Thoughts on Android / Samsung After A Year


It's been a long time since I wrote on this blag. Getting close to a year in fact. It is however, a bit fortunate in some ways that my last info-dump, was a long term overview on Apple's mobile platform from the point of view of someone steeped in the FLOSS software ecosystem. As I want to very much revisit my conclusions from that post.

Prior Conclusions

I had stated previously that things had been increasingly rocky for most, if not-all android forks; and that iOS was structurally bias against floss staples such as NextCloud and KDE Connect. Which left me feeling like a proprietary Samsung phone with most Google Apps disabled as my best option. Now coming in at close to a year later, I recant.

Issues With Samsung

It's tempting to see Samsung's services as a viable alternative to Google's. They very much can be. Samsung Pay is a seamless experience facilitating contactless payments everywhere in the United States where you can also use Google Pay for example.

However, in practice, this leads to a lot of duplication of features. With a Google Play Store barking for app updates, as well as a Samsung app store. Often times, the Samsung equivalent of services feels like a tedious extra superfluous layer tacked onto the operating system begging for one's attention.

Samsung's Galaxy Store is not full-featured enough for one to wholly rely on it, yet requires one to participate in to keep all of one's apps up to date. So disabling play for the Galaxy Store is also not functionally an option. This is bizarrely the expected experience.

I have also experienced Samsung updates, which turn on; and hid the ability to turn off Samsung marketing notifications for partner apps. Which is frankly disgustingly user hostile.

LLMs and Android

Google driven Android has always had privacy concerns and has been historically hungry for user data. However, Google has been chasing the AI bubble as terrifyingly quickly as Microsoft. With Google training its Gemini/Bard AI on user's text messages in Google Messages, and toying with letting it's AI to listen in on one's phone calls.

Samsung if also launching their own suite of AI features OS wide under the Galaxy AI moniker.

Now admittedly, some of these (but not all) are opt-in, and on-device. Many of them even have genuinely useful purposes. However, we haven't had a historically great track record of both organizations not employing dark patterns, or being wholly honest with respecting user data.

The Generative AI Craze Is Not Consumer Driven

I think it's clear to any industry observer that generative-AI is being viewed as a possible new capitalist expanse. Everyone is chasing it in a massive land rush, as not to be late to the game and cut out. As Microsoft was in the early days of the mobile phone wars.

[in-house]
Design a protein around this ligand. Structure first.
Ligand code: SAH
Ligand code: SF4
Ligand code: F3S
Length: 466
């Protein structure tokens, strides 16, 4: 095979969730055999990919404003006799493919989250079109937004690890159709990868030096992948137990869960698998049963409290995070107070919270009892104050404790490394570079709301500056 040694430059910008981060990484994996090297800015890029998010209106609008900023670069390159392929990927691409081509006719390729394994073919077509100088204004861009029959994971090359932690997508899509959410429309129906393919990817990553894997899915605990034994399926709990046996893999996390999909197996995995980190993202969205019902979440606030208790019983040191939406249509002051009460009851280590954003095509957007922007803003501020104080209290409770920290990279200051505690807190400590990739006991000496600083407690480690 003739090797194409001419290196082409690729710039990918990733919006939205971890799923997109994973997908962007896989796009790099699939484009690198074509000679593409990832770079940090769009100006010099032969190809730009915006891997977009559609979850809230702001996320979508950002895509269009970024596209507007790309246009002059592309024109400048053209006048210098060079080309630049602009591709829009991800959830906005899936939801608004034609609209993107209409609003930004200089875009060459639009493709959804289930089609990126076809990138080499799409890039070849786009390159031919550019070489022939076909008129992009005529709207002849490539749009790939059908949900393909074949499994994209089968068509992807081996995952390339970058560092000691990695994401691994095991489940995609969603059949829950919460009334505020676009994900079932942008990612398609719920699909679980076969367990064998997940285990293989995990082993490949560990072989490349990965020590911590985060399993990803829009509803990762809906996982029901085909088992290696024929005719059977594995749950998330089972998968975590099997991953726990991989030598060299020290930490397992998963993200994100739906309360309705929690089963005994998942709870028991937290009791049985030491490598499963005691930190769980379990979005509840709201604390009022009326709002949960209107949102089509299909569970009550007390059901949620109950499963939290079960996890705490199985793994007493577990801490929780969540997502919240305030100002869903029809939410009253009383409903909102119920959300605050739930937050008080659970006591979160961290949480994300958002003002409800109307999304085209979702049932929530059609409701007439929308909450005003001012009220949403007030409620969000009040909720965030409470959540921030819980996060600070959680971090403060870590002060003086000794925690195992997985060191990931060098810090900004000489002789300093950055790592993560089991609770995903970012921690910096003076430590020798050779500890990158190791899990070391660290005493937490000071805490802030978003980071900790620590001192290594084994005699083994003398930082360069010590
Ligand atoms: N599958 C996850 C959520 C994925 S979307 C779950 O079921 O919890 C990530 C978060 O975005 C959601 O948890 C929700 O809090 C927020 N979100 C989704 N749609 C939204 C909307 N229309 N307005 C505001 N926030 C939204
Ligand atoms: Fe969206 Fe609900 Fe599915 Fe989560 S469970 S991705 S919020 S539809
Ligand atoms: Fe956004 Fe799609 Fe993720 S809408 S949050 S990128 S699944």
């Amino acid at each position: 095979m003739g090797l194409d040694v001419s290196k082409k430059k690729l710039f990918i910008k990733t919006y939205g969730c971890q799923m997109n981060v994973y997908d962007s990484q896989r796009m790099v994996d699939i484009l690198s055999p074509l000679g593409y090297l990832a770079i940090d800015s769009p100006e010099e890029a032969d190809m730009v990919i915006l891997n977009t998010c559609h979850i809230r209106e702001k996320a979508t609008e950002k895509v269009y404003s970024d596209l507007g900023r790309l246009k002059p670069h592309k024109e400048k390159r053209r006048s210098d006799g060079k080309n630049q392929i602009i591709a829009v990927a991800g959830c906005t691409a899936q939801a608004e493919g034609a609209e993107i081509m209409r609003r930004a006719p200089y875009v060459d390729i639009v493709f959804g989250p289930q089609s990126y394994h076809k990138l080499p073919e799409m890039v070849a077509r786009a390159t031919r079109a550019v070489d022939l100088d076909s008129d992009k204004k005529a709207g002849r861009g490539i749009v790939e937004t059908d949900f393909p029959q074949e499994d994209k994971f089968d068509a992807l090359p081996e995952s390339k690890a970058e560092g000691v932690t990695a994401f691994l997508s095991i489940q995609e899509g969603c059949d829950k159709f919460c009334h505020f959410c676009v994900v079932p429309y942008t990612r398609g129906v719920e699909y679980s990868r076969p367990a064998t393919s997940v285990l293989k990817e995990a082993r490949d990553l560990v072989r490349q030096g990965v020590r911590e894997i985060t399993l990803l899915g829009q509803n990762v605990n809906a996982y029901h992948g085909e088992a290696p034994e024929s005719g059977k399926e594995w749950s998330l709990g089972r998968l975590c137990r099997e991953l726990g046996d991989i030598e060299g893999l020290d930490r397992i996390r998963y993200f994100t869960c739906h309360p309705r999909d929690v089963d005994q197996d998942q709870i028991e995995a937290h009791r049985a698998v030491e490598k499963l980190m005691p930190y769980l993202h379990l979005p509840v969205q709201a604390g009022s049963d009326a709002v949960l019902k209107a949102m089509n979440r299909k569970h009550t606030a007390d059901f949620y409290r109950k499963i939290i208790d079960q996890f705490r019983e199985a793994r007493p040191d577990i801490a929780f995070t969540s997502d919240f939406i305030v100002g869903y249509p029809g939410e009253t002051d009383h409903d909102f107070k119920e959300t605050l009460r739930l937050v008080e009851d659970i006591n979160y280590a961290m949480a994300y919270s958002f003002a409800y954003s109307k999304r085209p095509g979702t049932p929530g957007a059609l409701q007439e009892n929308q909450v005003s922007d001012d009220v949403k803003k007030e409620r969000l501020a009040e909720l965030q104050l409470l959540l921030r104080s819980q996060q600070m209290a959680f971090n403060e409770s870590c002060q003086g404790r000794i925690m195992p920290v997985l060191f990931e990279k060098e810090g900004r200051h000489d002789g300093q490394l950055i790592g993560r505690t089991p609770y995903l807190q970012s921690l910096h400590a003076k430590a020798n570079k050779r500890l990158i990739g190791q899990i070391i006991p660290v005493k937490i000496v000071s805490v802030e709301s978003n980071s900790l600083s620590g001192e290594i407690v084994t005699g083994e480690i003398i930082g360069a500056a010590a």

I genuinely believe this AI features we are seeing, are not landing because of user-demand. The vast majority of companies, Google and Samsung included, are clearly throwing everything they can at the wall to see what sticks. If they fulfill a genuinely useful use case for somebody and is done in a privacy respecting way. It is quite frankly a happy accident. These features are not driven by user demand or need; and making them cohere to anyone's privacy strategy (as much as they can) is largely an afterthought. The “gamble” that generative AI is the next new thing, and fear of loosing one's position, is driving the jockeying in the market.

I don't plan to expound on that. This is the premise I proceed from. If you break from me on this; then we disagree on fundamental premises.

My Experience With It

I attempted to try out various AI art generators last year, to generate art for a role-playing game, I am currently running for a group of friends; and generally speaking I found pretty much every model lacking compared to the scene I was imagining.

I've also played with ChatGPT a handful of times out of morbid curiosity; testing “anti AI” strategies in online learning environments a handful of times.

I've otherwise not touched the thing, except for AI image upscaling, which I find useful for my day job.

If you are curious, Upscayl is a pretty fabulous FLOSS privacy respecting offline AI image upscaler.

My Reluctance To Use AI

My experiences with it are purposefully narrow. I quite frankly am not interested in even my input prompts into such bits of software, being consumed and digested to make the products better. I frankly view this as labor theft.


What I have come to conclude, is that I'm incredibly uninterested in machine learning; and sick of the whole thing. I do not care if it's useful. I don't much see the everyday value in the vast majority of the applications it is being pitched for, and I am deeply concerned about the potential environmental impacts of generative AI, it's privacy implications and the cultural impact of its hallucinations on a culture which struggles with information literacy as is.

I desperately want to opt out of it being integrated into everything. If I use it. In so far as it exists as a technology I use, I only want to have specific dedicated tools, that allow me to use it in very specific contexts, preferably offline.

Luckily, in terms of my PC, this is pretty easy to do for me. My Linux distro of choice makes it frankly a non-issue. Where I don't have to worry there. However, this means I need to leave traditional corporate controlled Android. As the AI hype machine is going to get a lot worse, before the bubble finally pops.

More on that shortly.

#google #smartphones #android #samsung #stochasticparrots #ai #eliza